Impact of shutdown on Butler County still unclear

Published 3:29 pm Tuesday, October 1, 2013

The effects of a partial government shutdown likely won’t be immediately felt in Butler County.

The shutdown, which took effect Tuesday, came about when the Republican-led House insisted that any legislation passed to keep the government running also either defund and delay key elements of the Affordable Care Act. The Whitehouse, along with the Democratic-led Senate, refused to agree to those terms.

The result was the first government shutdown since 1996, and a lack of funding to pay federal employees or fund federal services.

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Approximately 800,000 federal employees are furloughed.

Military personnel will remain on active duty, and a bill was signed by President Barack Obama late Monday that ensures that all active-duty military personnel, as well as some civilian and defense contractors, will continue to be paid during the shutdown.

“A shut down will have a real economic impact,” Obama said in a news conference Monday. “The idea of putting the American people’s hard-earned progress at risk is the height of irresponsibility.”

Locally it’s unclear what impact the shutdown could have.

Butler County Engineer Dennis McCall, who has said that the county depends on federal funds to help maintain the county’s road system, said the shutdown could impact his department.

The county recently completed its first Alabama Transportation Rehabilitation and Improvement Program project, which was funded with Grant Anticipation Revenue Vehicles Bonds (GARVEE). Through the use of GARVEE bonds, Alabama has been able to access future federal dollars now in order to pay for road and bridge projects that are needed immediately.

Butler County was awarded more than $10 million through ATRIP.

The projects already scheduled as part of the program will not be affected, however, future funding may become an issue.

“Very little information is coming to us on the local level,” McCall said. “It is very unlikely that there will be any short term effects on us at the local level, however, a long term shutdown may impact future grant programs such as Community Development Block Grants.”

Greenville Police Department Chief Lonzo Ingram said the shutdown may prevent his department from placing two more resource officers in the schools.

Ingram had expected to hear Tuesday if his department would be granted Cops in Schools grant.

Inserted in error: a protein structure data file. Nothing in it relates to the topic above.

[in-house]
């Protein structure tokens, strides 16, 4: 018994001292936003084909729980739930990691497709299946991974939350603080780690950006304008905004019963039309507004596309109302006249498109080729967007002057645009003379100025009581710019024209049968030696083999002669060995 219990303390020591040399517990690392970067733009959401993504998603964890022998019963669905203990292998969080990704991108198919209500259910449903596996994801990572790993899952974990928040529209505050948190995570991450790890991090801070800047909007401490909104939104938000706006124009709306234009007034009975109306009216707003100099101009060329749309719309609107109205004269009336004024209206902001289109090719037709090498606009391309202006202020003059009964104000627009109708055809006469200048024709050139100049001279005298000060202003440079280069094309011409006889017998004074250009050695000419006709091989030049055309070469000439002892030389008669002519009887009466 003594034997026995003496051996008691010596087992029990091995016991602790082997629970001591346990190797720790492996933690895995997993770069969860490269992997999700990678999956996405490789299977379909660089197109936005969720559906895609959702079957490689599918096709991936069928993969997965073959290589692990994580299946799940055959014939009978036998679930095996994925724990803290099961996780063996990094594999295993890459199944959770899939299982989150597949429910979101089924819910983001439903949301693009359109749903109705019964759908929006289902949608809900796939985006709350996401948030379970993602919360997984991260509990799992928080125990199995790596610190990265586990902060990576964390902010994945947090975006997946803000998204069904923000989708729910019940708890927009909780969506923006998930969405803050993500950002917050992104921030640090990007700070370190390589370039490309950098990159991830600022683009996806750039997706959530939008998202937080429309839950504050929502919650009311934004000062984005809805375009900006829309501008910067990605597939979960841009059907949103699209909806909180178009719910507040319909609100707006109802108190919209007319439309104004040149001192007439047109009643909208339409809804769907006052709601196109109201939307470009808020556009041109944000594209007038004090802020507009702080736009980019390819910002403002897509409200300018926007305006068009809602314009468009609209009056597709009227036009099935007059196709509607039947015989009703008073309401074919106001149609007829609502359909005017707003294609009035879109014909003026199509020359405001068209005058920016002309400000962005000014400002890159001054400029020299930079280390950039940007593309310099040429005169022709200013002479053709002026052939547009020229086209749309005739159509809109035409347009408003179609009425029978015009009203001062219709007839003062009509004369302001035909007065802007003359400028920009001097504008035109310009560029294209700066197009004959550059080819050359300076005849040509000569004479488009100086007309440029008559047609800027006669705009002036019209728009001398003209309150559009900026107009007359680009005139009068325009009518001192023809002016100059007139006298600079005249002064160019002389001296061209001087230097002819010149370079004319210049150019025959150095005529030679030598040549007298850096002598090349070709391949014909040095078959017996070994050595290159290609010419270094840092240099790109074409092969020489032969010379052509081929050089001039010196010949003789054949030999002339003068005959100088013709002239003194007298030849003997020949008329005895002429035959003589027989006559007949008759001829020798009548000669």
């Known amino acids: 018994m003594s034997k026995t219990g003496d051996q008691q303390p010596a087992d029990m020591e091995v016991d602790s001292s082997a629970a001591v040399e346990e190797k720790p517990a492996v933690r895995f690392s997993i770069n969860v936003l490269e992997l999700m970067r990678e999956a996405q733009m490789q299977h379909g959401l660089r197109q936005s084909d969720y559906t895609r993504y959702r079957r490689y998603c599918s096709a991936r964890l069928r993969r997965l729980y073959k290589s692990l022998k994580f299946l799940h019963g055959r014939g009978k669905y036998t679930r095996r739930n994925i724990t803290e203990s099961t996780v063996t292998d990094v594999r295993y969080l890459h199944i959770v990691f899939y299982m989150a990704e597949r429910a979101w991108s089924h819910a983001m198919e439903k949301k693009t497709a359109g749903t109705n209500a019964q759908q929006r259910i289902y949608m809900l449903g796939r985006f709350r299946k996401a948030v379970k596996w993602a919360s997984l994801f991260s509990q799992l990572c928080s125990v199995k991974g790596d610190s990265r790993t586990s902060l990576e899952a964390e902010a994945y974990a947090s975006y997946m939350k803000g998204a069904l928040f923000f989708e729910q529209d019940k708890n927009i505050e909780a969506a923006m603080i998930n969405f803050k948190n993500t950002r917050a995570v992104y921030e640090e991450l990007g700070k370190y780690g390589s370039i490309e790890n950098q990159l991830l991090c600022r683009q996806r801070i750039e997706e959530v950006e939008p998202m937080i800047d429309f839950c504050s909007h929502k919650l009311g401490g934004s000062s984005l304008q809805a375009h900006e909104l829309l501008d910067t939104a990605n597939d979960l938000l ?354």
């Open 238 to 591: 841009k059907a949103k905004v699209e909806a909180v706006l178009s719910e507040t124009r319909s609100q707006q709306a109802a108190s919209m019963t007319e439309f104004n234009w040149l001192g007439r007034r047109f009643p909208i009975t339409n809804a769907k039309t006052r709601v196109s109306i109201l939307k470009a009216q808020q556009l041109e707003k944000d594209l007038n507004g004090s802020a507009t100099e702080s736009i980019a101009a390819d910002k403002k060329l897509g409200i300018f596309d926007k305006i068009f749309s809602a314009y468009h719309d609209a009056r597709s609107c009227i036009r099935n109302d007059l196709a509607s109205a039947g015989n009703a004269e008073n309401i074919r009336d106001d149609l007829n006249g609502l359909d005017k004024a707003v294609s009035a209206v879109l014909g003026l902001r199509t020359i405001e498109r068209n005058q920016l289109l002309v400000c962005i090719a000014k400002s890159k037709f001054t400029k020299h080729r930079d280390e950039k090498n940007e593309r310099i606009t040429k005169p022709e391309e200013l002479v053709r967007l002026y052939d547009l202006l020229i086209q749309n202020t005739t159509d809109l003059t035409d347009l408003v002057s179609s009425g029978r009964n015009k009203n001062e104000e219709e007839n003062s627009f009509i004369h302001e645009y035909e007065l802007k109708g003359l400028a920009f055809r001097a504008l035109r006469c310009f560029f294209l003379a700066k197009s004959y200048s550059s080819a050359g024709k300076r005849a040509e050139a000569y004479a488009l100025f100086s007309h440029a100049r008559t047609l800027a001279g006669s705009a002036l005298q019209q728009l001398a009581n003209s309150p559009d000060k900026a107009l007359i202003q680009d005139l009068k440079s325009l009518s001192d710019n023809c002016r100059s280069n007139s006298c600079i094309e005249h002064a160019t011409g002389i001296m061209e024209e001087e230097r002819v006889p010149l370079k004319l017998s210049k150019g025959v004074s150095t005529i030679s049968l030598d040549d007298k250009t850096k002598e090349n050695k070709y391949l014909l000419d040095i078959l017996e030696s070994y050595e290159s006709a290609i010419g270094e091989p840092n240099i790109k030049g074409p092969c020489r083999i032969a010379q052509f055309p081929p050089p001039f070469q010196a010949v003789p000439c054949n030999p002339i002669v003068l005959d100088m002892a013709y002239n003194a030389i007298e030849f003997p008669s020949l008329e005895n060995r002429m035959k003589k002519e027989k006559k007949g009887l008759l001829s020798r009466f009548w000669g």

“We’re just waiting to hear,” Ingram said. “The last we hear we were supposed to find out (Tuesday). Now we don’t know. I hope it won’t impact that, but I’m not sure. Day to day the shutdown won’t impact us directly, but we could not be able to place additional resource officers in the schools because of the grant not being funded.”

Head Start programs, which are federally funded, could also be affected by the shutdown.

Officials with Greenville’s Head Start program were unavailable for comment Tuesday.

The shutdown will not affect mail delivery since the U.S. Postal Service receives no tax dollars for day-to-day operations. It relies on income from stamps and other postal fees to keep running.

Social Security and Medicare benefits will continue, but there could be delays in processing new disability applications. Unemployment benefits will still be paid.

Others ways the shutdown will be felt include:



Federal air traffic controllers will remain on the job and airport screeners would keep funneling passengers through security checkpoints. Federal inspectors will continue enforcing safety rules.


The State Department will continue processing foreign applications for visas and U.S. applications for passports, since fees are collected to finance those services. Embassies and consulates overseas would continue to provide services to American citizens.


Federal courts would continue operating normally for about 10 business days after the start of a shutdown, roughly until the middle of October. If the shutdown continues, the judiciary would have to begin furloughs of employees whose work is not considered essential. But cases would continue to be heard.


All national parks will be closed.


The Food and Drug Administration will handle high-risk recalls, but will suspend most routine safety inspections. Federal meat inspections would be expected to proceed as usual.


The Special Supplemental Nutrition Program for Women, Infants and Children, known as WIC, could shut down. The program provides supplemental food, health care referrals and nutrition education for pregnant women, mothers and their children.

School lunches and breakfasts would continue to be served, and food stamps, known as the Supplemental Nutrition Assistance Program, or SNAP, would continue to be distributed. But several smaller feeding programs would not have the money to operate.


Americans would still have to pay their taxes and file federal tax returns, but the Internal Revenue Service says it will suspend all audits. The IRS says taxpayer services, including toll-free help lines, will be shut as well.


Many low-to-moderate incomes borrowers and first-time homebuyers seeking government-insured mortgages could face delays. The Federal Housing Administration, which guarantees about 30 percent of home mortgages, will still approve single-family loans, but with delays. Multi-family mortgage approvals could be suspended. Action on government-backed loans to small businesses will be suspended.


Information included from an Associated Press report.